Eligible Australians can now access bivalent COVID-19 vaccines.
Moderna’s new booster received approval from the Australian Technical Advisory Group on Immunisation (ATAGI) in September and doses are now being distributed to health providers.
It marks the start of bivalent ‘next generation vaccines’. These contain messenger RNA samples of the original COVID-19 strain and the Omicron BA.1 subvariant that was circulating globally at the beginning of 2022.
These strands of nucleic acid allow the human body to ‘code’ antibodies to attack the SARS-CoV-2 virus when it infects the body.
And although the vaccine is built on a superseded strain of the Omicron variant (BA.1 has widely been replaced by descendent strains like BA.4 and BA.5), clinical trial data has shown it produces a “broad immune response” to these other variants.
Who can get a bivalent vaccine?
Over 95% of Australians are currently vaccinated, 70% are ‘boosted’ and more than 2 in 5 eligible people have received a ‘winter’ booster.
Moderna’s bivalent vaccine is approved for use among people 18 years and over, three months after the more recent of a prior COVID-19 infection, or a previous vaccine dose.
The Moderna bivalent vaccine is the only two-type COVID-19 dose authorised in Australia. Pfizer’s version is still being assessed, although it has been approved in the US, Canada and UK.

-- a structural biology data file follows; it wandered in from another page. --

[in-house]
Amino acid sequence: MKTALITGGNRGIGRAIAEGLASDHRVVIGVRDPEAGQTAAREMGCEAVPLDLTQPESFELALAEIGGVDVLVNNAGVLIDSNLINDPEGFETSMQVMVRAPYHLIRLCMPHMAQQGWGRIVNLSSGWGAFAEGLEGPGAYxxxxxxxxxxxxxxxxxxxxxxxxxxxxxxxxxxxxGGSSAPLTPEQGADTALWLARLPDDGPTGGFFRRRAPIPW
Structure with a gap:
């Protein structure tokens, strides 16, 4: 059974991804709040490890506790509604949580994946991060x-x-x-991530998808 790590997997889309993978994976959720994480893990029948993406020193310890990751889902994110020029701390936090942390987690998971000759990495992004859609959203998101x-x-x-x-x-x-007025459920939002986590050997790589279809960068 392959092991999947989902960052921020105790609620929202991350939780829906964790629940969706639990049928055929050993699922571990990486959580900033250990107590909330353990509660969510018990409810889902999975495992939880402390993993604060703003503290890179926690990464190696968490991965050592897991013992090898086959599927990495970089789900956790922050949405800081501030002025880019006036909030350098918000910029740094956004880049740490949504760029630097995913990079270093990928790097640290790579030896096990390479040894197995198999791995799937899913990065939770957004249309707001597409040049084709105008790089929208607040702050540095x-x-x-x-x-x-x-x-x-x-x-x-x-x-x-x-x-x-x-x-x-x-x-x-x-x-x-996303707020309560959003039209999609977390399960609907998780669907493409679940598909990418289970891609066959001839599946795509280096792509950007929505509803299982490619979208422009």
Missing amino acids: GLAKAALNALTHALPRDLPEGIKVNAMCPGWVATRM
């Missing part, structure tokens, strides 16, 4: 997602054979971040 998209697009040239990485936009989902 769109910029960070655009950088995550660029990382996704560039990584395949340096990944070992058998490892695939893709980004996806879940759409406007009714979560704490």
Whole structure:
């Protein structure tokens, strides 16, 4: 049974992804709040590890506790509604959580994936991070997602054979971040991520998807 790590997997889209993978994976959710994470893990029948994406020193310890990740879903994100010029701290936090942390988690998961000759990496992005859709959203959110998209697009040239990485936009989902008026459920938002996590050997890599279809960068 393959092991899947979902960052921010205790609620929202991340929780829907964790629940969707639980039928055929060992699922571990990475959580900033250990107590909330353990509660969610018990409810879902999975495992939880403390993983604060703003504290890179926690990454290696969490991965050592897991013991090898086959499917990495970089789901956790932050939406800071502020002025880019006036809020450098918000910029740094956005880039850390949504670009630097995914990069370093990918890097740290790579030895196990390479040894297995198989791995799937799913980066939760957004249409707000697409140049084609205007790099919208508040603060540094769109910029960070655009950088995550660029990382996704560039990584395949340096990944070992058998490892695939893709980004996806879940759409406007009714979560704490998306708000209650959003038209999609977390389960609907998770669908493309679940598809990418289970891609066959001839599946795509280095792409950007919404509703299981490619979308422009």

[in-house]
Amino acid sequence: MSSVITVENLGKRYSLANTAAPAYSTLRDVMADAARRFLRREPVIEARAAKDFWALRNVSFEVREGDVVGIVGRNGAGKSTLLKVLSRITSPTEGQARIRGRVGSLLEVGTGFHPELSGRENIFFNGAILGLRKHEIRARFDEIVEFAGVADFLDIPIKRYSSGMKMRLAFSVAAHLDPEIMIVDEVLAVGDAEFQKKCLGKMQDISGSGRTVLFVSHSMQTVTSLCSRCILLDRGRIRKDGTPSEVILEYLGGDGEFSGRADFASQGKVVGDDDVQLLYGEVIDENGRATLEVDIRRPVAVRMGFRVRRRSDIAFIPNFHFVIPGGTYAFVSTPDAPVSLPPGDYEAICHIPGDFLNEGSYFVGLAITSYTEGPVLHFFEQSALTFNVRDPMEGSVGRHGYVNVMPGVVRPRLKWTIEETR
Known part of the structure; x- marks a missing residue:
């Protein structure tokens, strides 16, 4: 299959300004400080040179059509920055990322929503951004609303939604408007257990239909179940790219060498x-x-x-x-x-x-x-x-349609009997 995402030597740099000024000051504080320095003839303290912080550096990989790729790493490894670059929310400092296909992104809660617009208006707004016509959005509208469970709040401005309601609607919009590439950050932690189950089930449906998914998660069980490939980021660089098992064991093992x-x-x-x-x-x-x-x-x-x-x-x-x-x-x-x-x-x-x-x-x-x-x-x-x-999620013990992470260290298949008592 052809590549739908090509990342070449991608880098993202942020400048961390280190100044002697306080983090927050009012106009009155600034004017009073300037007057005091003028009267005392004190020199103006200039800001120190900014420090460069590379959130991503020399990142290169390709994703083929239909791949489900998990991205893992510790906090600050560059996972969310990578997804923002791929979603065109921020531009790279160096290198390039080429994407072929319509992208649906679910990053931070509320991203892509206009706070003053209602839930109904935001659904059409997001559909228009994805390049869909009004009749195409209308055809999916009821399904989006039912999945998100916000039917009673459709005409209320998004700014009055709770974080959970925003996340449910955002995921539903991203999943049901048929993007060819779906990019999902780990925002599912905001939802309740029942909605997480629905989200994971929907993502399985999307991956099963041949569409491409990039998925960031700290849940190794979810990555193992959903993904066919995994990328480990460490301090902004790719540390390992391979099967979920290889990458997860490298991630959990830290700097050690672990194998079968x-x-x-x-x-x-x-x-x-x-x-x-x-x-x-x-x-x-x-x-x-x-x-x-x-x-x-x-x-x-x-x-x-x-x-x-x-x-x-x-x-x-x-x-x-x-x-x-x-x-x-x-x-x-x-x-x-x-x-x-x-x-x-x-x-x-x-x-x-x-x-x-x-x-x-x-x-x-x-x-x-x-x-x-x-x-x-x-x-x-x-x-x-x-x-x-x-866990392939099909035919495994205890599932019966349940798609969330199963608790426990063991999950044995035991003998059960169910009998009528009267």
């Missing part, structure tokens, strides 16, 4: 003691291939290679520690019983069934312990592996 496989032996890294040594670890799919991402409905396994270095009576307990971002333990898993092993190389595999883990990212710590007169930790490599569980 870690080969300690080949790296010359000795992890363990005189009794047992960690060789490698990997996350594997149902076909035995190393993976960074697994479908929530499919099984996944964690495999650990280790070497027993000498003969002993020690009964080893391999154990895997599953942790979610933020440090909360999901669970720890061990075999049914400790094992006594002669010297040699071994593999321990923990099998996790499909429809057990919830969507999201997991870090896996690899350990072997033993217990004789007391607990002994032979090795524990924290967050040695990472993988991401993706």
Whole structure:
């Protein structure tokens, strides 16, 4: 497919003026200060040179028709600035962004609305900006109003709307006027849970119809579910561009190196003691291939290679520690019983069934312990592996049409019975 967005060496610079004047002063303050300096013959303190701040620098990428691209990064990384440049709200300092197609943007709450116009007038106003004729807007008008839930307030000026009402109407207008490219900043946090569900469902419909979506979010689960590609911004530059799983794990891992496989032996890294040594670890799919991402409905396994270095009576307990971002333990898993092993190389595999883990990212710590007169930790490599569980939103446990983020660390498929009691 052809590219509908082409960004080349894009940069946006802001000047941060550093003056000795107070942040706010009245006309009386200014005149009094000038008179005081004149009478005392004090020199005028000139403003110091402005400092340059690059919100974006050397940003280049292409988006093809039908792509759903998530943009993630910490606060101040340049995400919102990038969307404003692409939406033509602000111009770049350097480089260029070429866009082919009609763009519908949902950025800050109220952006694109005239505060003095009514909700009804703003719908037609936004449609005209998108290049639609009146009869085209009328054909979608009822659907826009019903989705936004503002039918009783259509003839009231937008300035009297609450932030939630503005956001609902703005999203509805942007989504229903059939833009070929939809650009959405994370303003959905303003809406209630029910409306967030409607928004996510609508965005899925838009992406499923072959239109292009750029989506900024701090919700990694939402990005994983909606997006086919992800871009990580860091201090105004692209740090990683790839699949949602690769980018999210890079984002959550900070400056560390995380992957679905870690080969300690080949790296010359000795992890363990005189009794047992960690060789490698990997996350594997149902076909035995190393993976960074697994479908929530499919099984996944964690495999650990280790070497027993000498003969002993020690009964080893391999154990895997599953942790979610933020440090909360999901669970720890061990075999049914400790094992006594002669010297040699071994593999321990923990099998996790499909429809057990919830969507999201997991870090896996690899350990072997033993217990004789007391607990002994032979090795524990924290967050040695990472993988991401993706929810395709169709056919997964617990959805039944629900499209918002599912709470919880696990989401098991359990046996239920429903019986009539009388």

How effective is it?
Reported trials found Moderna’s bivalent vaccine produced 1.7 times more neutralising antibodies titres against Omicron BA.1 than the original vaccine. People who had a previous SARS-CoV-2 infection were found to have nearly double the titres against BA.1, and the dose was found to produce 1.2-1.3 times more antibodies relative to the Moderna booster.
ATAGI says it will monitor how this translates to the vaccine’s benefit and duration of effectiveness in the population.
Are any risks involved?
When ATAGI issued its recommendation that Moderna’s bivalent vaccine be used as booster alternative for people aged 18 or over, it also highlighted several considerations.
Importantly, it found the bivalent vaccine has a similar safety profile to Moderna’s original vaccine doses, which has been rolled out to almost every Australian.
The data that emerged from Moderna’s clinical trials for the vaccine showed pain at the injection site was the most commonly reported adverse event (in 77% of participants). 55% of participants experienced fatigue, while around 4 in 10 reported headaches and myalgia (muscle aches).
Although the numbers of clinical trial participants are insufficient to provide indications of the very rare risk of myocarditis or pericarditis, ATAGI emphasised there was “no reason” to anticipate a different level of risk for these symptoms compared to previous Moderna doses.
It’s important to note that the Moderna bivalent can be used as the third or fourth dose of the vaccine recommended by the Australian government.
The government has not recommended individuals receive further vaccination beyond the initial two-dose course, a third dose (described as the first ‘booster’), and a fourth dose (previously described as the ‘winter booster’).
Matthew Agius is a science writer for Cosmos Magazine.
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